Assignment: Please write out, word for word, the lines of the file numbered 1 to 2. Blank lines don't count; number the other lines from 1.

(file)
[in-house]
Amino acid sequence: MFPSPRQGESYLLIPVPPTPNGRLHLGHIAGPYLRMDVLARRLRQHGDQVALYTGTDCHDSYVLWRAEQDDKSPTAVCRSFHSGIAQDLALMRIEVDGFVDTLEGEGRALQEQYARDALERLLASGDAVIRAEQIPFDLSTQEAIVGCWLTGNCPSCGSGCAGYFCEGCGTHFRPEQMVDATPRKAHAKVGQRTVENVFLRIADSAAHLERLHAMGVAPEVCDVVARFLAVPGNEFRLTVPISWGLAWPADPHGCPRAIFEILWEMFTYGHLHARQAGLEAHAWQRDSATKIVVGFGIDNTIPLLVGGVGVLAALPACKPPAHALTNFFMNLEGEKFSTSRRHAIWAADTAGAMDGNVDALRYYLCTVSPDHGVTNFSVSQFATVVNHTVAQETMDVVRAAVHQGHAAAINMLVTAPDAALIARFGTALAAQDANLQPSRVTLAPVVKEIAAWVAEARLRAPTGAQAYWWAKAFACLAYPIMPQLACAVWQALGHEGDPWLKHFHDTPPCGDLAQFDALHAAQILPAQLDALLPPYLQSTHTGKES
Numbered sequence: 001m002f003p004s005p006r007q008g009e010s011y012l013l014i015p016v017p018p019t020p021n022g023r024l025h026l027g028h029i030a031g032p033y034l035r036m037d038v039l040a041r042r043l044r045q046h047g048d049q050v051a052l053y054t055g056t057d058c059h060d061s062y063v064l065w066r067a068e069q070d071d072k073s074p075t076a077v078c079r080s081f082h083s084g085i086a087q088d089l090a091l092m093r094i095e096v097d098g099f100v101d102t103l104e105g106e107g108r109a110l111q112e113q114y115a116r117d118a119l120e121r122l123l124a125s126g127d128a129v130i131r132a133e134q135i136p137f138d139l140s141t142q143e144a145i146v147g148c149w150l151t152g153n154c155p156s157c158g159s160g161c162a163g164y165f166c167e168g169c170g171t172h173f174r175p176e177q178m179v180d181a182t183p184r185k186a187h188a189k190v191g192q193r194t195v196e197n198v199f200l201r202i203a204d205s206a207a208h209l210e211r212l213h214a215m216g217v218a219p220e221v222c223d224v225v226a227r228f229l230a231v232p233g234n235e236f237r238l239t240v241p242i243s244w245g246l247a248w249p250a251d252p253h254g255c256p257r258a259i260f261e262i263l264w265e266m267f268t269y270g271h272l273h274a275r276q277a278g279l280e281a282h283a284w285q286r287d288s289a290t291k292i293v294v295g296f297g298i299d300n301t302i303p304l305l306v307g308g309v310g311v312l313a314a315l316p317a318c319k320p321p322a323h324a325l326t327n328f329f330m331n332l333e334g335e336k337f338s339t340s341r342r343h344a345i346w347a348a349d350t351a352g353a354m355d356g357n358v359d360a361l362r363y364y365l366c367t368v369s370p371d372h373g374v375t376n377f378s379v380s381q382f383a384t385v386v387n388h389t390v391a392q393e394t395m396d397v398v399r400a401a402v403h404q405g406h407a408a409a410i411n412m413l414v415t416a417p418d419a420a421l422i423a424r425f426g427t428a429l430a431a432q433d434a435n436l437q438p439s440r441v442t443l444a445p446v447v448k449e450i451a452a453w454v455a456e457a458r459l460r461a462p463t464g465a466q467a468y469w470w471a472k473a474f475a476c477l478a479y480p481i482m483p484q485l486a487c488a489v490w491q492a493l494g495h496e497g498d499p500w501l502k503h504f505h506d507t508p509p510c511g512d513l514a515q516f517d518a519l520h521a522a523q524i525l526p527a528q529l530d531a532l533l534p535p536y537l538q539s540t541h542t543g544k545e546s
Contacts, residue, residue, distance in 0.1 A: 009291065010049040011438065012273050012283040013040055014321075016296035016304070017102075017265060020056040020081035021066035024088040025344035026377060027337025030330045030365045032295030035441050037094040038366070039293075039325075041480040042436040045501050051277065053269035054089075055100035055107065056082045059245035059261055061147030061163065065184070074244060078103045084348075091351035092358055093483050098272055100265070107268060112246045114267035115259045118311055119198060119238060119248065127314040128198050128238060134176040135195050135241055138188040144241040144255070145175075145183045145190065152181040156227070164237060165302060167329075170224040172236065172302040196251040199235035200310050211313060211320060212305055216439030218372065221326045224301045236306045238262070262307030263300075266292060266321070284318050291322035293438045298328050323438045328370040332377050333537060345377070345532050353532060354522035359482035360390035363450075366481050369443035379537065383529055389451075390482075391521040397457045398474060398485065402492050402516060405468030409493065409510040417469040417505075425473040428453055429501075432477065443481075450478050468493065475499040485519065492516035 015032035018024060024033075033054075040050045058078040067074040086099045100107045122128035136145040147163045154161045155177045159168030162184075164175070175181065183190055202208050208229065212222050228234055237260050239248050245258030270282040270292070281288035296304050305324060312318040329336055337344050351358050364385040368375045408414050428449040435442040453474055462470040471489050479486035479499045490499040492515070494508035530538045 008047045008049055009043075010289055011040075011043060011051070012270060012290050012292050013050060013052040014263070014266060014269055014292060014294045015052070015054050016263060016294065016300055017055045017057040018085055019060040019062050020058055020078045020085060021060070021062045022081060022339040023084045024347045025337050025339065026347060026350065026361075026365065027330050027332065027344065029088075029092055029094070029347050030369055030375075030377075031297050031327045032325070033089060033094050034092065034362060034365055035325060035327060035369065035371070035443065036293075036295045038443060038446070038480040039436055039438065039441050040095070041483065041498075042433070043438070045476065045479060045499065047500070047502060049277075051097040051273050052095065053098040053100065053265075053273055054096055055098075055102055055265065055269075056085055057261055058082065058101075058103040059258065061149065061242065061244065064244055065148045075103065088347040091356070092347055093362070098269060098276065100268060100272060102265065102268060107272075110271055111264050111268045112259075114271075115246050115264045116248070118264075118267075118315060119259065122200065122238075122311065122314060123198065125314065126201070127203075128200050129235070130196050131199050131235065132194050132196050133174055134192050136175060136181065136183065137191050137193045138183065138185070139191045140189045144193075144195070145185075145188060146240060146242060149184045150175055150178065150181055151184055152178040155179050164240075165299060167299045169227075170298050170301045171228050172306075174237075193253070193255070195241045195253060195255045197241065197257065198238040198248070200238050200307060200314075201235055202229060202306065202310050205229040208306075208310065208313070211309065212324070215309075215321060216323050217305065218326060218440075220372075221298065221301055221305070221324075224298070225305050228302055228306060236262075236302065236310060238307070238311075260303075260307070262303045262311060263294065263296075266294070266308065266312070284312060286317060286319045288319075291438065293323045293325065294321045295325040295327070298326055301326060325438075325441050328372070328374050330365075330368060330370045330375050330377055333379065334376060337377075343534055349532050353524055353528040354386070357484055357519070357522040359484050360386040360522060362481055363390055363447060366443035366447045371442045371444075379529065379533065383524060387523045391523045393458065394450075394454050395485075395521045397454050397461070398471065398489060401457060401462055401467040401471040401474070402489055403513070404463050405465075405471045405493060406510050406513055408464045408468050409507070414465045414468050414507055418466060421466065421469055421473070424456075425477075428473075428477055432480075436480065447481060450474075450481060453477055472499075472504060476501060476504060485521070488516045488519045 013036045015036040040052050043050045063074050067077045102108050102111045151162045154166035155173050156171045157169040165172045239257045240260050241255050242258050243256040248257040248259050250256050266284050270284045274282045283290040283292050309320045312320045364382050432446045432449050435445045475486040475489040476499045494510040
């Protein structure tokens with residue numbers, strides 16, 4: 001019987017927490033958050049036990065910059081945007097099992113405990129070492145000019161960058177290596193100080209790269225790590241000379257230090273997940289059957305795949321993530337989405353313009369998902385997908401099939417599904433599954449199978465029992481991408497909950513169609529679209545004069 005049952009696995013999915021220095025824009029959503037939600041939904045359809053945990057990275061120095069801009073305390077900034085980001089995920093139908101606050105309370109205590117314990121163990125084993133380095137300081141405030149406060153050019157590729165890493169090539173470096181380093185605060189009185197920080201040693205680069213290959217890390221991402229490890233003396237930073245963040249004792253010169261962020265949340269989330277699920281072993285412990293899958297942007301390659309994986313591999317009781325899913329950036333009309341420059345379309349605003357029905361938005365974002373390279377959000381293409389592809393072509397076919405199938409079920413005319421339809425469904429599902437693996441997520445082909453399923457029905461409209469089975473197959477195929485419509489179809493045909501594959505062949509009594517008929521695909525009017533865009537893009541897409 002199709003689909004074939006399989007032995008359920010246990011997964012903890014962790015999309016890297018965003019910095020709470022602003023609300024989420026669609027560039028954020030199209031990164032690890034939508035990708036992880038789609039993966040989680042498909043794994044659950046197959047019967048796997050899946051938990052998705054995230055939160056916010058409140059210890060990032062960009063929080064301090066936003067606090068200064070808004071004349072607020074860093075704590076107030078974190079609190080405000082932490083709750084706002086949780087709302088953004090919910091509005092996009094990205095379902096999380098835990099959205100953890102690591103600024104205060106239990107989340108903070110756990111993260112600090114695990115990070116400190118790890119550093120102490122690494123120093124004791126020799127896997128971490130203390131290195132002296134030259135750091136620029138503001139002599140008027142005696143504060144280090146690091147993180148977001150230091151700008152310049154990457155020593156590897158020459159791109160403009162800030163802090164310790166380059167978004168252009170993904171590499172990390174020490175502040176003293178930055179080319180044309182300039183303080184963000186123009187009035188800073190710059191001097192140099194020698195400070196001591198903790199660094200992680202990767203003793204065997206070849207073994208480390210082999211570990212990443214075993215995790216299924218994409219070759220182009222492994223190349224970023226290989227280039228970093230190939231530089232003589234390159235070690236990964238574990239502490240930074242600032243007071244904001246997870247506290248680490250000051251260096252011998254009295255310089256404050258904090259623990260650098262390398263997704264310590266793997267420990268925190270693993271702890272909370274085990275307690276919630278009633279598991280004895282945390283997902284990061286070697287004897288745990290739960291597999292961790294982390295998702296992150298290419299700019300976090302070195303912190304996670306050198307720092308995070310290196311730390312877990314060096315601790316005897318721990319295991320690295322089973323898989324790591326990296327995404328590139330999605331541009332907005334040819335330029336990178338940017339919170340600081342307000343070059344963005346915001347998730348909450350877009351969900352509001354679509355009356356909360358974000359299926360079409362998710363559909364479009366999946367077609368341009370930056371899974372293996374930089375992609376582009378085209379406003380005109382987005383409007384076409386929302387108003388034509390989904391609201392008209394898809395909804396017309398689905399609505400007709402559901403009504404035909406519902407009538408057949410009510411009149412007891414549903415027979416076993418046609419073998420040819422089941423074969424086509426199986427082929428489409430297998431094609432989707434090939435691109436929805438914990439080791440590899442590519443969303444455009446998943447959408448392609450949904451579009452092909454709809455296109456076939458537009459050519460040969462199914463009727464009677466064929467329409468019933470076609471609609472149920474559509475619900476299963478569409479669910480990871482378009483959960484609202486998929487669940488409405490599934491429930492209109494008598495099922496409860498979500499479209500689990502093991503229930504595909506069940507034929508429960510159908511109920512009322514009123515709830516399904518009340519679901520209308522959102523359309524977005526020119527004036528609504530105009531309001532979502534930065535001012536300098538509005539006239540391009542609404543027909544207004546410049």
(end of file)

[in-house]
Amino acid sequence: MFPSPRQGESYLLIPVPPTPNGRLHLGHIAGPYLRMDVLARRLRQHGDQVALYTGTDCHDSYVLWRAEQDDKSPTAVCRSFHSGIAQDLALMRIEVDGFVDTLEGEGRALQEQYARDALERLLASGDAVIRAEQIPFDLSTQEAIVGCWLTGNCPSCGSGCAGYFCEGCGTHFRPEQMVDATPRKAHAKVGQRTVENVFLRIADSAAHLERLHAMGVAPEVCDVVARFLAVPGNEFRLTVPISWGLAWPADPHGCPRAIFEILWEMFTYGHLHARQAGLEAHAWQRDSATKIVVGFGIDNTIPLLVGGVGVLAALPACKPPAHALTNFFMNLEGEKFSTSRRHAIWAADTAGAMDGNVDALRYYLCTVSPDHGVTNFSVSQFATVVNHTVAQETMDVVRAAVHQGHAAAINMLVTAPDAALIARFGTALAAQDANLQPSRVTLAPVVKEIAAWVAEARLRAPTGAQAYWWAKAFACLAYPIMPQLACAVWQALGHEGDPWLKHFHDTPPCGDLAQFDALHAAQILPAQLDALLPPYLQSTHTGKES